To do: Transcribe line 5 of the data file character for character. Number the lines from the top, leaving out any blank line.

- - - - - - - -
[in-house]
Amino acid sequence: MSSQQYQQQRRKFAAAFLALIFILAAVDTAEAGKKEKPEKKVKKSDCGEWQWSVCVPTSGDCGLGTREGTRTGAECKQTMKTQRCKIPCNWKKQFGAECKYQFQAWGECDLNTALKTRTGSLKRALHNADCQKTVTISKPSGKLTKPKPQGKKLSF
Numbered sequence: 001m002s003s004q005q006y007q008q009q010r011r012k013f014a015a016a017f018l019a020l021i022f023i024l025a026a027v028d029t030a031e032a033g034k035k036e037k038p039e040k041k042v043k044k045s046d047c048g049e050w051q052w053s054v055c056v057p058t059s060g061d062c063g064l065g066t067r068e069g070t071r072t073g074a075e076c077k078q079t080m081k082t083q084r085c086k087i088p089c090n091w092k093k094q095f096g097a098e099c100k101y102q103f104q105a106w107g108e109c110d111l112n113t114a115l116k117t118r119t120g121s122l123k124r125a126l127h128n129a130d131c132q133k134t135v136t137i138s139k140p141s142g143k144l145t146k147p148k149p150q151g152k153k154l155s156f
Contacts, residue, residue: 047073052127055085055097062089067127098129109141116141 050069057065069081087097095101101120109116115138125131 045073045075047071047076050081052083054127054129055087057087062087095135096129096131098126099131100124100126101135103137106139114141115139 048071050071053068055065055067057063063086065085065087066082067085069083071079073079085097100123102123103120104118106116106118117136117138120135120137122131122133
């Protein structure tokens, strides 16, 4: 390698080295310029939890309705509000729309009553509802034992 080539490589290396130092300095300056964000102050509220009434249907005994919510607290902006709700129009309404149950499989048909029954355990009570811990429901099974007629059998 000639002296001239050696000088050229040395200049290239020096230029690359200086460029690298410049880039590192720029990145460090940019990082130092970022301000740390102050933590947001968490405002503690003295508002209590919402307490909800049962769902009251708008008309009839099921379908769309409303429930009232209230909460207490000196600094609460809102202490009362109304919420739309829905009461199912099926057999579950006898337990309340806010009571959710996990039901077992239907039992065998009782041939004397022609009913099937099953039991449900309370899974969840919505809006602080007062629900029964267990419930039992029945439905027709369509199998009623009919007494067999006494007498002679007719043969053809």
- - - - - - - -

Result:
């Protein structure tokens, strides 16, 4: 390698080295310029939890309705509000729309009553509802034992 080539490589290396130092300095300056964000102050509220009434249907005994919510607290902006709700129009309404149950499989048909029954355990009570811990429901099974007629059998 000639002296001239050696000088050229040395200049290239020096230029690359200086460029690298410049880039590192720029990145460090940019990082130092970022301000740390102050933590947001968490405002503690003295508002209590919402307490909800049962769902009251708008008309009839099921379908769309409303429930009232209230909460207490000196600094609460809102202490009362109304919420739309829905009461199912099926057999579950006898337990309340806010009571959710996990039901077992239907039992065998009782041939004397022609009913099937099953039991449900309370899974969840919505809006602080007062629900029964267990419930039992029945439905027709369509199998009623009919007494067999006494007498002679007719043969053809």